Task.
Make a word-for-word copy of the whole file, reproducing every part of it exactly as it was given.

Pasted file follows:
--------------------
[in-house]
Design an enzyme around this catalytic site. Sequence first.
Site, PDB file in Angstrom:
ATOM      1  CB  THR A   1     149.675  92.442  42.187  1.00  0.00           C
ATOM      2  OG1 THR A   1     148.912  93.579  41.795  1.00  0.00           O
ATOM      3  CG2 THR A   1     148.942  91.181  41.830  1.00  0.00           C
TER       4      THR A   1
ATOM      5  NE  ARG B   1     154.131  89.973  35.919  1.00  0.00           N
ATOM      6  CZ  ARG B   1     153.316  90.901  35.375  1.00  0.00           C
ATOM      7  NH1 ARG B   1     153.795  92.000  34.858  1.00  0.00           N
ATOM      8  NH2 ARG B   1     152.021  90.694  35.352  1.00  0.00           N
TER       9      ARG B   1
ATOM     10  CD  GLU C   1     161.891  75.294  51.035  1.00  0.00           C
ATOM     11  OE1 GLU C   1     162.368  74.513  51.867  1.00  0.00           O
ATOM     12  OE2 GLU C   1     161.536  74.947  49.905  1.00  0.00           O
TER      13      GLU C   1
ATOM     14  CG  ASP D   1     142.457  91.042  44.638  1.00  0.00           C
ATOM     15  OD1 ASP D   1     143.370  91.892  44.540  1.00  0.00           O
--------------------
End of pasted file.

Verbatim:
[in-house]
Design an enzyme around this catalytic site. Sequence first.
Site, PDB file in Angstrom:
ATOM      1  CB  THR A   1     149.675  92.442  42.187  1.00  0.00           C
ATOM      2  OG1 THR A   1     148.912  93.579  41.795  1.00  0.00           O
ATOM      3  CG2 THR A   1     148.942  91.181  41.830  1.00  0.00           C
TER       4      THR A   1
ATOM      5  NE  ARG B   1     154.131  89.973  35.919  1.00  0.00           N
ATOM      6  CZ  ARG B   1     153.316  90.901  35.375  1.00  0.00           C
ATOM      7  NH1 ARG B   1     153.795  92.000  34.858  1.00  0.00           N
ATOM      8  NH2 ARG B   1     152.021  90.694  35.352  1.00  0.00           N
TER       9      ARG B   1
ATOM     10  CD  GLU C   1     161.891  75.294  51.035  1.00  0.00           C
ATOM     11  OE1 GLU C   1     162.368  74.513  51.867  1.00  0.00           O
ATOM     12  OE2 GLU C   1     161.536  74.947  49.905  1.00  0.00           O
TER      13      GLU C   1
ATOM     14  CG  ASP D   1     142.457  91.042  44.638  1.00  0.00           C
ATOM     15  OD1 ASP D   1     143.370  91.892  44.540  1.00  0.00           O